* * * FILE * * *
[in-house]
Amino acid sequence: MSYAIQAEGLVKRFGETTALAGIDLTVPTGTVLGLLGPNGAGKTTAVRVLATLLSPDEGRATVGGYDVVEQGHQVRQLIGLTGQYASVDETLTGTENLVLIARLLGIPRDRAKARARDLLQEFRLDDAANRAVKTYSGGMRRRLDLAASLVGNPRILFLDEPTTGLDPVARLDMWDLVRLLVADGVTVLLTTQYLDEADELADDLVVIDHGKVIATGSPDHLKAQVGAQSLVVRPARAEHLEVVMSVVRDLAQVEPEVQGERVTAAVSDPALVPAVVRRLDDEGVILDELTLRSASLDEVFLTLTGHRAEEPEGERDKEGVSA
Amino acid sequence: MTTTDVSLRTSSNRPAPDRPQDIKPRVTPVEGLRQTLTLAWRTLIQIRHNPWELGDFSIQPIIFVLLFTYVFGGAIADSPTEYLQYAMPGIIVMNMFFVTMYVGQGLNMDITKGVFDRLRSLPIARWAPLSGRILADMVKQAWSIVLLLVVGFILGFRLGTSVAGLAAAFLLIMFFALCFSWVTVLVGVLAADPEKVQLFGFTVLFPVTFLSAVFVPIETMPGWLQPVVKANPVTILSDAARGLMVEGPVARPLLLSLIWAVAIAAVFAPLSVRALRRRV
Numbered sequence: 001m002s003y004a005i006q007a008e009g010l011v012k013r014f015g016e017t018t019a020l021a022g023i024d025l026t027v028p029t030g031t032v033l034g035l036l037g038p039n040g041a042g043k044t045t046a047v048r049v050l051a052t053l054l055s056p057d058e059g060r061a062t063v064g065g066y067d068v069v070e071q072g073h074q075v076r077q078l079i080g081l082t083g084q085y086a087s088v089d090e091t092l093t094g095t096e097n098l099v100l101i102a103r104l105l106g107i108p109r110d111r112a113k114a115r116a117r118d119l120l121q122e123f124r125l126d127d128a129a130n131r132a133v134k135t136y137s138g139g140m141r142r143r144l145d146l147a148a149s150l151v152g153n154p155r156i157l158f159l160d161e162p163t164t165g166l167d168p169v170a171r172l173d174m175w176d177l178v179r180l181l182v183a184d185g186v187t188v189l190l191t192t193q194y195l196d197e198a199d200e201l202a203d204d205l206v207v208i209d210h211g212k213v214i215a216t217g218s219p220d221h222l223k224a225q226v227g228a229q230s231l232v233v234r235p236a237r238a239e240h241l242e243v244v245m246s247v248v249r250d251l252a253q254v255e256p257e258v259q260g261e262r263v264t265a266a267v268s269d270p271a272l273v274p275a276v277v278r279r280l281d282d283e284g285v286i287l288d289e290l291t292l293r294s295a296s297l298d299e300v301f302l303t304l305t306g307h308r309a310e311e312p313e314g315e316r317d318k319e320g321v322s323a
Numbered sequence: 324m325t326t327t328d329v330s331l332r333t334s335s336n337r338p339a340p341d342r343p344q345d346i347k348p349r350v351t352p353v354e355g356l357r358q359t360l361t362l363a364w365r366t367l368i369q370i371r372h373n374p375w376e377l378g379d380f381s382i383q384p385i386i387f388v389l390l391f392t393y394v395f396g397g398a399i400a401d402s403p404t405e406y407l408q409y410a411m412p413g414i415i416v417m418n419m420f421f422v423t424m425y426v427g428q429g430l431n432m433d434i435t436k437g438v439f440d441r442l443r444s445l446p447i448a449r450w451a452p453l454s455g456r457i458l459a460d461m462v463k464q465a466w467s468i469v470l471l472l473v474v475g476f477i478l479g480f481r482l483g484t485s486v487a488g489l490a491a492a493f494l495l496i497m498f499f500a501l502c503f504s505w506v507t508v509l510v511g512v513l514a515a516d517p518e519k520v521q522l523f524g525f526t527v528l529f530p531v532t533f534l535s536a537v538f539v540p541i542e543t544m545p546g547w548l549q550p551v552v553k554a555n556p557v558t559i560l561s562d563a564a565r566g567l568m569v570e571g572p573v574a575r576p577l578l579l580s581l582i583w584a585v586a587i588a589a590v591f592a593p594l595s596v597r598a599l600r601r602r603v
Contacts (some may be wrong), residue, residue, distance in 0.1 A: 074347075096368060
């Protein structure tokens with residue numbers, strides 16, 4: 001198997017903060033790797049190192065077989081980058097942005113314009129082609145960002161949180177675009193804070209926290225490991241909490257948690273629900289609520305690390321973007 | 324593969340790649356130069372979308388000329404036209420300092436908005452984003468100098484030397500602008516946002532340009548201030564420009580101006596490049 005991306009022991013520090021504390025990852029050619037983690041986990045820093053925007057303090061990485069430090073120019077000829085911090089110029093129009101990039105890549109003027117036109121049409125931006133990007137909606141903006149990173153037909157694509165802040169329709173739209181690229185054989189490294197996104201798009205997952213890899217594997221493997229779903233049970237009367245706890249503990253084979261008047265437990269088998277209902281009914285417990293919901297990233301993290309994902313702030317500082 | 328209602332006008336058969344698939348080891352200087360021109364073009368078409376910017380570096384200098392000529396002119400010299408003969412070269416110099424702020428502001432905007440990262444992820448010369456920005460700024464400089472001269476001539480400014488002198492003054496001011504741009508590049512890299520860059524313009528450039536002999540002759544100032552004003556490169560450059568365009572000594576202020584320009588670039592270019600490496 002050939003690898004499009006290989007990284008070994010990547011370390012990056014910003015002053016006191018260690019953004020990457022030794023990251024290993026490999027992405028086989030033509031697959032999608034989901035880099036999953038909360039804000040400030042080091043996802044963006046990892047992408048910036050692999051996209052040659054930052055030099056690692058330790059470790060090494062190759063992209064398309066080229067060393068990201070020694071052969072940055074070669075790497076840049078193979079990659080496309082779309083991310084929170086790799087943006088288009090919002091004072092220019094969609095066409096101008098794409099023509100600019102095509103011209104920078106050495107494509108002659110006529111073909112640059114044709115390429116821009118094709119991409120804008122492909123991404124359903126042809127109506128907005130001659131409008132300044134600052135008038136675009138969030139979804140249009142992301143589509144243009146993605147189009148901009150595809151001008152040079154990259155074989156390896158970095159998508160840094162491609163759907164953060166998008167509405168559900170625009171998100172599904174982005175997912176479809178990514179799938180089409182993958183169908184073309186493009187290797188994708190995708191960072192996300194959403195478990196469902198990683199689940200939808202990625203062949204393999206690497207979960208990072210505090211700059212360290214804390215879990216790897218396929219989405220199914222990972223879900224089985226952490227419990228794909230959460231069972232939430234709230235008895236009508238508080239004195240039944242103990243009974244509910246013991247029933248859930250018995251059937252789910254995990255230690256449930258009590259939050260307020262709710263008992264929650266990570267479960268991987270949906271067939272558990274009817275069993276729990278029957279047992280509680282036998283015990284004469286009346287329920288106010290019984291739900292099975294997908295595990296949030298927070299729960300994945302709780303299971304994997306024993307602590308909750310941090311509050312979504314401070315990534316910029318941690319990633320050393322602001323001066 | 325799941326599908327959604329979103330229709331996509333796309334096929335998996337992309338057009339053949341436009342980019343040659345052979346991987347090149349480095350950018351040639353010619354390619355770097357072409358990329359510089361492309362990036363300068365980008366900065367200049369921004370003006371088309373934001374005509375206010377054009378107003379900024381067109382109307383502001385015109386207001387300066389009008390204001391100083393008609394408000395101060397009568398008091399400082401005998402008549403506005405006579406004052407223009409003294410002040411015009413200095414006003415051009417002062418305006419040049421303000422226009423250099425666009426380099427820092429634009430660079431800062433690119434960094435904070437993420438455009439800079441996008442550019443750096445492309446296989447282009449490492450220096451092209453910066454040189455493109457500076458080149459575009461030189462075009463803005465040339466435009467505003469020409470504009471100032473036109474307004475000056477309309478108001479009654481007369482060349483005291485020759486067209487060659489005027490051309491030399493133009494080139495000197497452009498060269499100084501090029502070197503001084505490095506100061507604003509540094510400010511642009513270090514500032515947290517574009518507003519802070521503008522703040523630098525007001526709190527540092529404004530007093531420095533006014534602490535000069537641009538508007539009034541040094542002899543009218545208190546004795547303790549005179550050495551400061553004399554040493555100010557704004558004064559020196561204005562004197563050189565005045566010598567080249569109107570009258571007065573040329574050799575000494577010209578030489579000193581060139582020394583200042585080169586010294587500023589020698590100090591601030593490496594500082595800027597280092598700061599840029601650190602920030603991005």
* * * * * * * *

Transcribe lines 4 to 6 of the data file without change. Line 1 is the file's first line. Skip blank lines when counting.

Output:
Numbered sequence: 001m002s003y004a005i006q007a008e009g010l011v012k013r014f015g016e017t018t019a020l021a022g023i024d025l026t027v028p029t030g031t032v033l034g035l036l037g038p039n040g041a042g043k044t045t046a047v048r049v050l051a052t053l054l055s056p057d058e059g060r061a062t063v064g065g066y067d068v069v070e071q072g073h074q075v076r077q078l079i080g081l082t083g084q085y086a087s088v089d090e091t092l093t094g095t096e097n098l099v100l101i102a103r104l105l106g107i108p109r110d111r112a113k114a115r116a117r118d119l120l121q122e123f124r125l126d127d128a129a130n131r132a133v134k135t136y137s138g139g140m141r142r143r144l145d146l147a148a149s150l151v152g153n154p155r156i157l158f159l160d161e162p163t164t165g166l167d168p169v170a171r172l173d174m175w176d177l178v179r180l181l182v183a184d185g186v187t188v189l190l191t192t193q194y195l196d197e198a199d200e201l202a203d204d205l206v207v208i209d210h211g212k213v214i215a216t217g218s219p220d221h222l223k224a225q226v227g228a229q230s231l232v233v234r235p236a237r238a239e240h241l242e243v244v245m246s247v248v249r250d251l252a253q254v255e256p257e258v259q260g261e262r263v264t265a266a267v268s269d270p271a272l273v274p275a276v277v278r279r280l281d282d283e284g285v286i287l288d289e290l291t292l293r294s295a296s297l298d299e300v301f302l303t304l305t306g307h308r309a310e311e312p313e314g315e316r317d318k319e320g321v322s323a
Numbered sequence: 324m325t326t327t328d329v330s331l332r333t334s335s336n337r338p339a340p341d342r343p344q345d346i347k348p349r350v351t352p353v354e355g356l357r358q359t360l361t362l363a364w365r366t367l368i369q370i371r372h373n374p375w376e377l378g379d380f381s382i383q384p385i386i387f388v389l390l391f392t393y394v395f396g397g398a399i400a401d402s403p404t405e406y407l408q409y410a411m412p413g414i415i416v417m418n419m420f421f422v423t424m425y426v427g428q429g430l431n432m433d434i435t436k437g438v439f440d441r442l443r444s445l446p447i448a449r450w451a452p453l454s455g456r457i458l459a460d461m462v463k464q465a466w467s468i469v470l471l472l473v474v475g476f477i478l479g480f481r482l483g484t485s486v487a488g489l490a491a492a493f494l495l496i497m498f499f500a501l502c503f504s505w506v507t508v509l510v511g512v513l514a515a516d517p518e519k520v521q522l523f524g525f526t527v528l529f530p531v532t533f534l535s536a537v538f539v540p541i542e543t544m545p546g547w548l549q550p551v552v553k554a555n556p557v558t559i560l561s562d563a564a565r566g567l568m569v570e571g572p573v574a575r576p577l578l579l580s581l582i583w584a585v586a587i588a589a590v591f592a593p594l595s596v597r598a599l600r601r602r603v
Contacts (some may be wrong), residue, residue, distance in 0.1 A: 074347075096368060